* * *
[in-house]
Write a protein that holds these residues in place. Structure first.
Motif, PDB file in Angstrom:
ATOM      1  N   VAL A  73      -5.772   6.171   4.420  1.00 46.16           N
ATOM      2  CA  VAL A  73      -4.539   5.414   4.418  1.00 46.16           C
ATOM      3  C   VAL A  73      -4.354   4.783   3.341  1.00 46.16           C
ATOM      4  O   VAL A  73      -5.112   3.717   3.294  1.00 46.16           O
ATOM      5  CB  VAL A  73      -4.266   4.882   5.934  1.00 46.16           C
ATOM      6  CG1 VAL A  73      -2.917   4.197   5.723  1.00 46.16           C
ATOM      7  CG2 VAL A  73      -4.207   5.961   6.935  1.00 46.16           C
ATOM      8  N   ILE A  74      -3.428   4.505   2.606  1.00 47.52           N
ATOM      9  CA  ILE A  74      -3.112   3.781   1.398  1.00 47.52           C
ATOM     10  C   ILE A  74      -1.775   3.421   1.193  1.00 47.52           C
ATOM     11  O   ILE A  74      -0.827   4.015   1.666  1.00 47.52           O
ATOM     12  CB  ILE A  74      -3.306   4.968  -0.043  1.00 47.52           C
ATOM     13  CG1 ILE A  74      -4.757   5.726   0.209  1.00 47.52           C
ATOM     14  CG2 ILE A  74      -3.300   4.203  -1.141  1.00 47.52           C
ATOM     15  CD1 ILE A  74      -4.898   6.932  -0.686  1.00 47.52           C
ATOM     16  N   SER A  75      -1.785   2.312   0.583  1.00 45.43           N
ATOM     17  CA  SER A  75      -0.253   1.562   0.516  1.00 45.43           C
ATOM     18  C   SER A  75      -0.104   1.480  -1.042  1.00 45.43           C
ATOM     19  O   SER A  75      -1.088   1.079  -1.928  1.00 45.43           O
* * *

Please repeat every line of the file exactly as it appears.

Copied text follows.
[in-house]
Write a protein that holds these residues in place. Structure first.
Motif, PDB file in Angstrom:
ATOM      1  N   VAL A  73      -5.772   6.171   4.420  1.00 46.16           N
ATOM      2  CA  VAL A  73      -4.539   5.414   4.418  1.00 46.16           C
ATOM      3  C   VAL A  73      -4.354   4.783   3.341  1.00 46.16           C
ATOM      4  O   VAL A  73      -5.112   3.717   3.294  1.00 46.16           O
ATOM      5  CB  VAL A  73      -4.266   4.882   5.934  1.00 46.16           C
ATOM      6  CG1 VAL A  73      -2.917   4.197   5.723  1.00 46.16           C
ATOM      7  CG2 VAL A  73      -4.207   5.961   6.935  1.00 46.16           C
ATOM      8  N   ILE A  74      -3.428   4.505   2.606  1.00 47.52           N
ATOM      9  CA  ILE A  74      -3.112   3.781   1.398  1.00 47.52           C
ATOM     10  C   ILE A  74      -1.775   3.421   1.193  1.00 47.52           C
ATOM     11  O   ILE A  74      -0.827   4.015   1.666  1.00 47.52           O
ATOM     12  CB  ILE A  74      -3.306   4.968  -0.043  1.00 47.52           C
ATOM     13  CG1 ILE A  74      -4.757   5.726   0.209  1.00 47.52           C
ATOM     14  CG2 ILE A  74      -3.300   4.203  -1.141  1.00 47.52           C
ATOM     15  CD1 ILE A  74      -4.898   6.932  -0.686  1.00 47.52           C
ATOM     16  N   SER A  75      -1.785   2.312   0.583  1.00 45.43           N
ATOM     17  CA  SER A  75      -0.253   1.562   0.516  1.00 45.43           C
ATOM     18  C   SER A  75      -0.104   1.480  -1.042  1.00 45.43           C
ATOM     19  O   SER A  75      -1.088   1.079  -1.928  1.00 45.43           O